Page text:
Founders Totem Pole

Pilchuck Glass School celebrated our thirtieth anniversary in 2001 by initiating a project underscoring the distinctive cultural diversity of our region’s origins and our aims. A commemorative totem pole was created and installed on the grounds to honor our three founders: John H. Hauberg, Anne Gould Hauberg, and Dale Chihuly.

Carved from a single tree selected and dedicated for this purpose from Haines, Alaska, the pole features the design and artistry of four Native artists working at Alaskan Indian Arts. The pole was shipped from Haines to Pilchuck where students completed the carving and painting of the pole, then created cast glass and neon elements to fulfill the design.

Artist David Svenson, an experienced carver and a former Pilchuck instructor, initiated the project. Artist and Pilchuck trustee, Preston Singletary (himself of Tlingit heritage), helped shape the proposal and obtained board support for the project. To enable Native student enrollment, Pilchuck provided many full scholarships and travel stipends. The totem pole, in its artistic inception, educational process, and the symbolic role of connecting communities, helped to realize one of the school’s priorities by enhancing diversity.

The class and the installation were structured to involve many people and many cultures. The installation ceremony engaged the neighboring Swinomish tribe (whose ancestral lands Pilchuck occupies) and Tlingit participants (including carvers and two traditional singers), as well as non-native guests. The pole was installed with the consultation of the artists, Tlingit and Swinomish tribal leaders.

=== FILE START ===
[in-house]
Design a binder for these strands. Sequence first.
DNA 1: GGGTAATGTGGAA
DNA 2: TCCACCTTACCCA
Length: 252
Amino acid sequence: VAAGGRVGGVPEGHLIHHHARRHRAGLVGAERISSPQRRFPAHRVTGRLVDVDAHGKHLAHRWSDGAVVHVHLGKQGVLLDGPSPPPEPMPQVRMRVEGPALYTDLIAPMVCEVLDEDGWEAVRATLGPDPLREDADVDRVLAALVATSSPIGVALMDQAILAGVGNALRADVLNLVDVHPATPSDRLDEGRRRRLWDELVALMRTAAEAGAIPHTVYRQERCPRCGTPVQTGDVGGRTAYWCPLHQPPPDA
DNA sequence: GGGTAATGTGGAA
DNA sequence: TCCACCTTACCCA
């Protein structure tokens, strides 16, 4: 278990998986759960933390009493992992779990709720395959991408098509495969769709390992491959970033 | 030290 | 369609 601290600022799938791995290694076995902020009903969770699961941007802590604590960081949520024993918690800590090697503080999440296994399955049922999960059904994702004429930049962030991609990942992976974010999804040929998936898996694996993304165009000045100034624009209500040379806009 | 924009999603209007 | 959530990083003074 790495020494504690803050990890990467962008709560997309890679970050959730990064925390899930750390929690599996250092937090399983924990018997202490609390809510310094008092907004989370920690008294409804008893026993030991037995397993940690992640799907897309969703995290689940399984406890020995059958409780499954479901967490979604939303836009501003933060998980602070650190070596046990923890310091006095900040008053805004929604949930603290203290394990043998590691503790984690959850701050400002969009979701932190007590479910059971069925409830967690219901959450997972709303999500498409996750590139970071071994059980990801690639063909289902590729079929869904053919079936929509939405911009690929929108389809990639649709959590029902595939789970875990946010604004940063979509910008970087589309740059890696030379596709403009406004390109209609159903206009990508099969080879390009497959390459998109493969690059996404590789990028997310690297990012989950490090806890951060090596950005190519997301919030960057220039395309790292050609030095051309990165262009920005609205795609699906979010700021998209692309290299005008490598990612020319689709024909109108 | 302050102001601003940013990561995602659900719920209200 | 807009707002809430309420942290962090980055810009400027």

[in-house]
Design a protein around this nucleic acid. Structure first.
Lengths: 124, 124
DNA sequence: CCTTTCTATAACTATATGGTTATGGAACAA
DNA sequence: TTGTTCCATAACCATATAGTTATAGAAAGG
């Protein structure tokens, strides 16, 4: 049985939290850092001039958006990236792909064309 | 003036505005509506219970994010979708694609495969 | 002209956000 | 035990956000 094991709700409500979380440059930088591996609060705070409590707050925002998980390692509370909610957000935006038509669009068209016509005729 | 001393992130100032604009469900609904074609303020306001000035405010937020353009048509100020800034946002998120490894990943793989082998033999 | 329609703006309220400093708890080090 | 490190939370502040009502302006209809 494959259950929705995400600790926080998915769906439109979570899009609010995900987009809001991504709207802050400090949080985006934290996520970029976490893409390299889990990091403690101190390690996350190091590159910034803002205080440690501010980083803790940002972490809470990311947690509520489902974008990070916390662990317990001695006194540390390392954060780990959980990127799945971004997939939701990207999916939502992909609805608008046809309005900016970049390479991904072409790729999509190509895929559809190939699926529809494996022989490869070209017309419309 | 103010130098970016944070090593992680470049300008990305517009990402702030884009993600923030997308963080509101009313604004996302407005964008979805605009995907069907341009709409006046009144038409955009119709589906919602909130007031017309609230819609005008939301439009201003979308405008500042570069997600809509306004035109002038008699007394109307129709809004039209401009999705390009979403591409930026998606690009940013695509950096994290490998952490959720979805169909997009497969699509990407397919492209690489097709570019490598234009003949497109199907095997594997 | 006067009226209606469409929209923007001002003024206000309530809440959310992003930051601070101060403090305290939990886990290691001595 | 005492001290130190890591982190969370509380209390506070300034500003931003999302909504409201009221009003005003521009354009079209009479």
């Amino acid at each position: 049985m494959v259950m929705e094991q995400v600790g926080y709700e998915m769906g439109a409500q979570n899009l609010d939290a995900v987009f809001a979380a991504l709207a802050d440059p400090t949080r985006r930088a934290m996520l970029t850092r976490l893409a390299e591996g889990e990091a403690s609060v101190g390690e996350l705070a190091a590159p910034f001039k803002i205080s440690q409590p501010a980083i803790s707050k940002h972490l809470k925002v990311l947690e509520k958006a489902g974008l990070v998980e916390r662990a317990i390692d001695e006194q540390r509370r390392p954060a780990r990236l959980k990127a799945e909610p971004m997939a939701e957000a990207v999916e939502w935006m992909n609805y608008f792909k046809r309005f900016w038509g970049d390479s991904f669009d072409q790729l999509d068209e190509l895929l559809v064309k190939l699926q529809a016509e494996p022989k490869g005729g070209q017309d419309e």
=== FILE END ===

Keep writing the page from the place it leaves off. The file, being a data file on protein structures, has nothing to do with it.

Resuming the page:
Historically, totem poles were used to honor a person or to tell an ancestral story. Svenson and Singletary decided the story of the pole would represent the beginning of Pilchuck and celebrate its founders. Based on this concept, Svenson and Singletary collaborated with four Native carvers to create the design.

The pole consists of three human forms: a chief’s figure representing the late John Hauberg, who underwrote Pilchuck’s early years and donated the fifty-four acres where the campus stands; a raven figure (who in Tlingit mythology brought light into the world) representing Dale Chihuly; and a woman in a Native ceremonial robe wearing a conical hat which symbolizes wisdom and identifies Anne Gould Hauberg, whose belief in artists and creativity drew the other founders together.

The uniqueness of the totem pole project offers several opportunities for extended educational service. The pole itself represents a model of collaboration– a work of art whose form originates from use in tribal ceremonies, yet here is created for a secular role on a contemporary campus. The pole is a keystone of instruction and inspiration for all who visit campus.

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